Economics at your fingertips  

Trade flows between the West African Economic and Monetary Union's members so little: does exports structure matter ?

Doukoure Fe ()
Additional contact information
Doukoure Fe: Ecole Nationale Supérieure de Statistique et d'Economie Appliquée

Authors registered in the RePEc Author Service: FE Doukouré Charles ()

Economics Bulletin, 2021, vol. 41, issue 2, 816-833

Abstract: The West African Economic and Monetary Union (WAEMU) is a regional trade agreement in West Africa. It has registered a quite good improving growth dynamic since its establishment in 1994. But the trade between members remains very low. Many factors have been raised in the literature on this issue without testing the effect of exports similarity empirically. This paper looks at the relationship between exports structure, and the trade flows between member countries. It also investigates which country gain from creating this regional economic agreement in terms of intra trade expanding. The results reveal that country members' goods exported in WAEMU are similar and exports within member countries decrease significantly with the degree of exports similarity. So, exports similarity is also an obstacle to expanding trade between WAEMU members. Also, all member countries don't gain from the trade creation effect generated by WAEMU because of the level of exports similarity. Only Mali increases its exports towards WAEMU member states, but this result relies on the large share of re-export.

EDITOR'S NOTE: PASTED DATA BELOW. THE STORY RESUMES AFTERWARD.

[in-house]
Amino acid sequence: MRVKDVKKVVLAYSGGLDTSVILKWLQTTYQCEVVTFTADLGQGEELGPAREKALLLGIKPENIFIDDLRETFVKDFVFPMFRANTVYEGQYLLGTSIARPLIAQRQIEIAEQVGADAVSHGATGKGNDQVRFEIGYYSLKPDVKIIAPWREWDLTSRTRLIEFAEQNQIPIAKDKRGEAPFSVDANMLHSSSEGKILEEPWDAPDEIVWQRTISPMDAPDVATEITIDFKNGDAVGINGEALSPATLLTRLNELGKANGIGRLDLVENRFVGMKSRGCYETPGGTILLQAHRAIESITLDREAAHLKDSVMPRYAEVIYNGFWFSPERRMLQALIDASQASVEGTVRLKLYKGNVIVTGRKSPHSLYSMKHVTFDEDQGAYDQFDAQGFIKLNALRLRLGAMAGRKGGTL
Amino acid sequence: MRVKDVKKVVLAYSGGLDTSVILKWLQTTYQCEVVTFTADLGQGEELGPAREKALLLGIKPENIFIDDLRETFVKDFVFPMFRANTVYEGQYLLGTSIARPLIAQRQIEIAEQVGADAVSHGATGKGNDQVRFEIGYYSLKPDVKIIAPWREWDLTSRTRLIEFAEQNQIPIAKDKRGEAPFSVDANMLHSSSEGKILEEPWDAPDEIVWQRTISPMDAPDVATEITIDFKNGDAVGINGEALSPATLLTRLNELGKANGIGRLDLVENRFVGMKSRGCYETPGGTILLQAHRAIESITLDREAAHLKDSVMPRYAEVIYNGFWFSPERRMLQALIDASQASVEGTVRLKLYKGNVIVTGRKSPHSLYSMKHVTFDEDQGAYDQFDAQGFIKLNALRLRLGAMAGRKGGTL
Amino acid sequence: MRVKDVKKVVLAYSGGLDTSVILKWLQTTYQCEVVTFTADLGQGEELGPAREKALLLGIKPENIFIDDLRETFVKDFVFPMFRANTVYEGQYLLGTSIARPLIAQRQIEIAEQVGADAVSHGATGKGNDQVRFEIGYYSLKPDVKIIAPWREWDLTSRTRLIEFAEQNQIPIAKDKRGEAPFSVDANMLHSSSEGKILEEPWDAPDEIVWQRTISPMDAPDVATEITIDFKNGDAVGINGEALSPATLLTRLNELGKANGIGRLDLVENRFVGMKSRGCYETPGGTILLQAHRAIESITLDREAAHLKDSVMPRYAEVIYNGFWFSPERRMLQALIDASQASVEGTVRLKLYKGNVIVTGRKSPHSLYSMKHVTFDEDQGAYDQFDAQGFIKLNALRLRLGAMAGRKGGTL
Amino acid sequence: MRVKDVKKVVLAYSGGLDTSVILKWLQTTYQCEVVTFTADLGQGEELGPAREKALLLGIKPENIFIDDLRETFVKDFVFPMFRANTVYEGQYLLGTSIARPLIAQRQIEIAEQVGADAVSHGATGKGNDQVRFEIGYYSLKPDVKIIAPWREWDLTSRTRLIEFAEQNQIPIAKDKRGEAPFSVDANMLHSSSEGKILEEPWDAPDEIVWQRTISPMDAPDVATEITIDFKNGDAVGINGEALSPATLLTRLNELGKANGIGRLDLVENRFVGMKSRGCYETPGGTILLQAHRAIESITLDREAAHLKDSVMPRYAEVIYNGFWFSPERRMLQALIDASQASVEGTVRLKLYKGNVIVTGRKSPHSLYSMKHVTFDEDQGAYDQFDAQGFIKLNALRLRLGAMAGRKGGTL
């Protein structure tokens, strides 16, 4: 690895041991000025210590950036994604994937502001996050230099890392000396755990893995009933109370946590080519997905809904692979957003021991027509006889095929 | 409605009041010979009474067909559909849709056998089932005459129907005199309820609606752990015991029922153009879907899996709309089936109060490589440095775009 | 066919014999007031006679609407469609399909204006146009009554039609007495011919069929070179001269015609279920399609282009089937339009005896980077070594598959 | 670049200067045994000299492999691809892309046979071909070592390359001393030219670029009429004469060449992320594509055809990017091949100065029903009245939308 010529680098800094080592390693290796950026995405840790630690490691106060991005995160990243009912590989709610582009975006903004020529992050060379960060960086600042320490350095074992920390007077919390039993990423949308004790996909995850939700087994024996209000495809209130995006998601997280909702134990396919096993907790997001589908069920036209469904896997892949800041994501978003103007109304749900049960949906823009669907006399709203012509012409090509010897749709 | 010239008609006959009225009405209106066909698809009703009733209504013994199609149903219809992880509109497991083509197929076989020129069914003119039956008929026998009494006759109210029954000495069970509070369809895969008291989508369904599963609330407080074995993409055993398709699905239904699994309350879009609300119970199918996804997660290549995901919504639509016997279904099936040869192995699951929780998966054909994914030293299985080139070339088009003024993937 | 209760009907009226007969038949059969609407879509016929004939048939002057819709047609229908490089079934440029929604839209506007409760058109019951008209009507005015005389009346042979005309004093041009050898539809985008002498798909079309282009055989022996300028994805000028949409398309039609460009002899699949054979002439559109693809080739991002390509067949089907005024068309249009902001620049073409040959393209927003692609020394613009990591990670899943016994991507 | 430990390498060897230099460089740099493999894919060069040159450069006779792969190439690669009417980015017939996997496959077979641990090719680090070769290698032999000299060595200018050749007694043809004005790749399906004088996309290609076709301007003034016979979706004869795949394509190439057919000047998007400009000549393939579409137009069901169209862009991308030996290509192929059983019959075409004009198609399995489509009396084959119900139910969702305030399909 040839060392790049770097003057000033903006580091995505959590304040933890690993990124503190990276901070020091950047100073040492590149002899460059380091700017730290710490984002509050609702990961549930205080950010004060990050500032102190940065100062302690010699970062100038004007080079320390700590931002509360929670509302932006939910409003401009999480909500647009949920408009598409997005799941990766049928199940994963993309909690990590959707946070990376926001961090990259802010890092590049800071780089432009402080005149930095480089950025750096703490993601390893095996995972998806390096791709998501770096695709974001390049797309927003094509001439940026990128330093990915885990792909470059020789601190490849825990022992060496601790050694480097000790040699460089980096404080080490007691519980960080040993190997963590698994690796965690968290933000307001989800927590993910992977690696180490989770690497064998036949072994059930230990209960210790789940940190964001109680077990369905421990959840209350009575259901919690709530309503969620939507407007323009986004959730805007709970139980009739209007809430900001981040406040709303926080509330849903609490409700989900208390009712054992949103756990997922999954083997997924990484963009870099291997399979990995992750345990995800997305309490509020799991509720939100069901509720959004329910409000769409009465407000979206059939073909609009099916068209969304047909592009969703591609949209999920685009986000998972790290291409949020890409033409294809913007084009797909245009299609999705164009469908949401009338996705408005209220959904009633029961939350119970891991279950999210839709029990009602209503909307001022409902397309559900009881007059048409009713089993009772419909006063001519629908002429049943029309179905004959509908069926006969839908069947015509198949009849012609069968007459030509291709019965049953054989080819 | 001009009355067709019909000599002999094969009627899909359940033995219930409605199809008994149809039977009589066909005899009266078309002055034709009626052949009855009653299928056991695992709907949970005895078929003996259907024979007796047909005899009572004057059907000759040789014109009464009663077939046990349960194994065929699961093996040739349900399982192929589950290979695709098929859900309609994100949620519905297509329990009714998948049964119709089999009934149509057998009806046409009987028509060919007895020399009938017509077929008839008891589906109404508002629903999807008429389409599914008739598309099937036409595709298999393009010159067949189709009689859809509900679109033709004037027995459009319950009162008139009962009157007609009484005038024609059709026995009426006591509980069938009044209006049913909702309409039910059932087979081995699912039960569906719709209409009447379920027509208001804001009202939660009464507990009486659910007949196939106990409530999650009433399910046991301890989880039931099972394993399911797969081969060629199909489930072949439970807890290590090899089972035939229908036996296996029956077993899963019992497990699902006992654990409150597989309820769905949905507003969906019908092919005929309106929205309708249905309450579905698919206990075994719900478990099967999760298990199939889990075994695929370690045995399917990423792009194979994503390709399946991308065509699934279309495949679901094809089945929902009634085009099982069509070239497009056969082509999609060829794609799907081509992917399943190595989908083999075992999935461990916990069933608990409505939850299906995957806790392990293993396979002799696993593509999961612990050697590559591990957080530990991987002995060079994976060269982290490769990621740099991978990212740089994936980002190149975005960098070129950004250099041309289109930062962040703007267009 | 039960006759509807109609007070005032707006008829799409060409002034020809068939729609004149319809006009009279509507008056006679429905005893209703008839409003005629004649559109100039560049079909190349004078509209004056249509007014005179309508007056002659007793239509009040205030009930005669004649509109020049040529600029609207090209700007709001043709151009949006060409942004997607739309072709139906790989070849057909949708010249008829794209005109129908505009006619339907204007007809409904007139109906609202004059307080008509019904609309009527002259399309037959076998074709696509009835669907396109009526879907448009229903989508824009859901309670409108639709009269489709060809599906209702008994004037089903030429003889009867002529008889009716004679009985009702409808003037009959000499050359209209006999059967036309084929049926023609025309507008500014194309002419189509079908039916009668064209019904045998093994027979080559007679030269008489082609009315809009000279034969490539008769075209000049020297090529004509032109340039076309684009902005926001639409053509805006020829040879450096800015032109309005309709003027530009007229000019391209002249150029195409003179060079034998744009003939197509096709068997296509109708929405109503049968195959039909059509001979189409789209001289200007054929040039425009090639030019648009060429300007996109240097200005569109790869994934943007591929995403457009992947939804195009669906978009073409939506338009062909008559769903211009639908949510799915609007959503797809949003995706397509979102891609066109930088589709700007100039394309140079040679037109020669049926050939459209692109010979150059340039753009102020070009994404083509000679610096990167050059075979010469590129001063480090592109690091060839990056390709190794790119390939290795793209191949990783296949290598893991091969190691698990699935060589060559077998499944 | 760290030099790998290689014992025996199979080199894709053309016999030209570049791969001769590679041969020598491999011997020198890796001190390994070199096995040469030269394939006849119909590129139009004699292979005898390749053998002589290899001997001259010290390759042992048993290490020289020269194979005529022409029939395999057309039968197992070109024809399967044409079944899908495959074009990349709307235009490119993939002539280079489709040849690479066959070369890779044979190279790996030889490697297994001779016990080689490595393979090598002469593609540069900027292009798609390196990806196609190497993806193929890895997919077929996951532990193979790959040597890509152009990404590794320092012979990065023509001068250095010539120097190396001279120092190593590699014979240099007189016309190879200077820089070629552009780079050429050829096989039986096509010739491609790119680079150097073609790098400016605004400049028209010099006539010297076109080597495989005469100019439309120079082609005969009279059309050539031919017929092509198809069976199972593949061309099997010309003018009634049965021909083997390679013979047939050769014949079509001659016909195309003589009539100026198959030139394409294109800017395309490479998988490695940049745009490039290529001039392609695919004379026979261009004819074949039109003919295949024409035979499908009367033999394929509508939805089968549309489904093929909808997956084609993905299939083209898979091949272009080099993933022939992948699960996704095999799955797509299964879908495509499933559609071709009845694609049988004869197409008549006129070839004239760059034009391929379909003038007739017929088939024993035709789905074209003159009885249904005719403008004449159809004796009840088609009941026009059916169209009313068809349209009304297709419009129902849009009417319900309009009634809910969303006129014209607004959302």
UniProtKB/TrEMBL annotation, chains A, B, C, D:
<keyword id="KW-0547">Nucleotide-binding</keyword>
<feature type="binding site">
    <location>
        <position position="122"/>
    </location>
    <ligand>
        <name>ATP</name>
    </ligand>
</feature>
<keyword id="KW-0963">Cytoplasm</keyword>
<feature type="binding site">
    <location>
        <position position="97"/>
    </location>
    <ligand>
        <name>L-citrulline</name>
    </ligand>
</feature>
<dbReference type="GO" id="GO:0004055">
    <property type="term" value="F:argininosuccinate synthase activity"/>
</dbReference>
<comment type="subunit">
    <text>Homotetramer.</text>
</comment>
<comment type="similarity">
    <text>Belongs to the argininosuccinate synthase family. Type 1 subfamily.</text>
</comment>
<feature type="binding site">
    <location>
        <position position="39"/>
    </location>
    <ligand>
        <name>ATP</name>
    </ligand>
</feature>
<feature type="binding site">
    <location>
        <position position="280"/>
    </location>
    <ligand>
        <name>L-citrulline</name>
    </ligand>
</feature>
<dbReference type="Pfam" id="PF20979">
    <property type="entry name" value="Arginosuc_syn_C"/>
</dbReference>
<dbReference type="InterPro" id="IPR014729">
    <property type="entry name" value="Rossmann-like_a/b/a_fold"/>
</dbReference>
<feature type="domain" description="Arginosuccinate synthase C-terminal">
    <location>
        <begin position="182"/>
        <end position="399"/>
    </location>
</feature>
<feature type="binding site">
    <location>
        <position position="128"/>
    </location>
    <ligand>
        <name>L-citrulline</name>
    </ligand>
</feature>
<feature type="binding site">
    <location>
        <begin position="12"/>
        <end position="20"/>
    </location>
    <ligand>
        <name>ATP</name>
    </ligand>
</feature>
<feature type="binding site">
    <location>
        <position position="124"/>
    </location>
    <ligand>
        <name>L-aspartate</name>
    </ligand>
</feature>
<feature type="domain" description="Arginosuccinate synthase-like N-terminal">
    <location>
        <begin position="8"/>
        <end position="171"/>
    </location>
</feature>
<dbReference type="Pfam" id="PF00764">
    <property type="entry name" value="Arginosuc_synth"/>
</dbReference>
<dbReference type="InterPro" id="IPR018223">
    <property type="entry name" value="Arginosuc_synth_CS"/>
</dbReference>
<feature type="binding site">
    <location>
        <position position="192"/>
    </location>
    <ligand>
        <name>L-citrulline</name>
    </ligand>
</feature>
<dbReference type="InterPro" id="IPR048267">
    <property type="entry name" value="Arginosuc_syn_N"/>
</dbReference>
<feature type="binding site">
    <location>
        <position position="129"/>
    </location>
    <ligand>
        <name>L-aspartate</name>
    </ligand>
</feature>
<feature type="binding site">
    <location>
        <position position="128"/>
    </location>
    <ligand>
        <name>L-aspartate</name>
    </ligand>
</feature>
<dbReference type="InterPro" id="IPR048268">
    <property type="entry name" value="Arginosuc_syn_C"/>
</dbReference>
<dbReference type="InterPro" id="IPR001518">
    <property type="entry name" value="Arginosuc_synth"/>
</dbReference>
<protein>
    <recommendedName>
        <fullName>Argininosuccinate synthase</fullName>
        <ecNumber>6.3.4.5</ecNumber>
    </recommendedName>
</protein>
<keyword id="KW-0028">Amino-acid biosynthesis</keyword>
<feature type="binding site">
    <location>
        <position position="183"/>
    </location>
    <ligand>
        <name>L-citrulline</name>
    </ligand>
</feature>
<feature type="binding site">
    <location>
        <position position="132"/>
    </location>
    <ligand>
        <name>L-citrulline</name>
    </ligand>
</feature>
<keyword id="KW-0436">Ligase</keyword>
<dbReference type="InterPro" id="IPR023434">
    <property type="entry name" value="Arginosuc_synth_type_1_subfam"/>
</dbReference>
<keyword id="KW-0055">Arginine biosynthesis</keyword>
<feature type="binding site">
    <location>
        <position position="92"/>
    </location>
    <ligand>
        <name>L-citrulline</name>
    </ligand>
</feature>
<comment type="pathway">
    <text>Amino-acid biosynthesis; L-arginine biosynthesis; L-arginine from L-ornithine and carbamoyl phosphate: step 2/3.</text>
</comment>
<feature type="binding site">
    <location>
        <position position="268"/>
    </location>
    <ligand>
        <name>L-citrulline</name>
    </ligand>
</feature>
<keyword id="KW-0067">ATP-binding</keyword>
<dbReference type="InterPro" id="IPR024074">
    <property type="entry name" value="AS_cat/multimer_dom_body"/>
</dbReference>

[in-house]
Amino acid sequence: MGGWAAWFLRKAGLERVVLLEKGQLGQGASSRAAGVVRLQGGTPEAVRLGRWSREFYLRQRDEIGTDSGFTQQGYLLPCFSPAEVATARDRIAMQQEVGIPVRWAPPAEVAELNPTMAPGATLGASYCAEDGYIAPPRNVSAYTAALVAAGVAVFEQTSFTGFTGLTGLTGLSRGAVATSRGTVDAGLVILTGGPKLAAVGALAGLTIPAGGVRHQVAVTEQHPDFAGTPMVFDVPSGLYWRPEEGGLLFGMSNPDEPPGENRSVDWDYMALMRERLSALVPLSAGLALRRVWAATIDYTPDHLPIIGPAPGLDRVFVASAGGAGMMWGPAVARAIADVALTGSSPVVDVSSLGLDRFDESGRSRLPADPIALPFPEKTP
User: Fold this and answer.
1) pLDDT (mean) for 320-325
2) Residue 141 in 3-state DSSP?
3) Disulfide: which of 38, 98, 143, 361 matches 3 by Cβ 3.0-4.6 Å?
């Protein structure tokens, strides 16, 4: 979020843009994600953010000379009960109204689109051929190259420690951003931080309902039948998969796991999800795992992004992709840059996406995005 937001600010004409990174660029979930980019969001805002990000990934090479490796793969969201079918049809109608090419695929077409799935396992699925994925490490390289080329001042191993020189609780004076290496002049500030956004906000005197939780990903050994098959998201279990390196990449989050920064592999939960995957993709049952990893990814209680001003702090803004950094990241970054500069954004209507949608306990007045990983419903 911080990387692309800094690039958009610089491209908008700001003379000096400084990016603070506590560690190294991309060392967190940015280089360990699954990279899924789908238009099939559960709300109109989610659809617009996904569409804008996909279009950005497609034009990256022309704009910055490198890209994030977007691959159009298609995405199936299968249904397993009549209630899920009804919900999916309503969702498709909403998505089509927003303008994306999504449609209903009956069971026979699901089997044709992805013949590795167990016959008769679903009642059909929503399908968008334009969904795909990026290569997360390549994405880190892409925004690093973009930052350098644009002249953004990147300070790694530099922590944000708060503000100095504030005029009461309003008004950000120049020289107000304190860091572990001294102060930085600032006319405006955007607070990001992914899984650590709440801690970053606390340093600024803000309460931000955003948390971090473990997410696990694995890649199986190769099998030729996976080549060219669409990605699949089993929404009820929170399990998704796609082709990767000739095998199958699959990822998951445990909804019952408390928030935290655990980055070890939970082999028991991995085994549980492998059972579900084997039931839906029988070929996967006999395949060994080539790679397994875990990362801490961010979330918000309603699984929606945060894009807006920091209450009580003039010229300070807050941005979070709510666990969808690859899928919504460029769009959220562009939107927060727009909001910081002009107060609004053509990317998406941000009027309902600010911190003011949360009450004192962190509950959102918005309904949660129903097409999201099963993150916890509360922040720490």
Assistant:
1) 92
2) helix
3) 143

Keywords: Economic integration; exports similarity; intra trade (search for similar items in EconPapers)
JEL-codes: F1 F4 (search for similar items in EconPapers)
Date: 2021-04-09
References: View references in EconPapers View complete reference list from CitEc
Citations: Track citations by RSS feed

Downloads: (external link) (application/pdf)

Related works:
This item may be available elsewhere in EconPapers: Search for items with the same title.

Export reference: BibTeX RIS (EndNote, ProCite, RefMan) HTML/Text

Persistent link:

Access Statistics for this article

More articles in Economics Bulletin from AccessEcon
Bibliographic data for series maintained by John P. Conley ().

Page updated 2023-11-11
Handle: RePEc:ebl:ecbull:eb-20-01230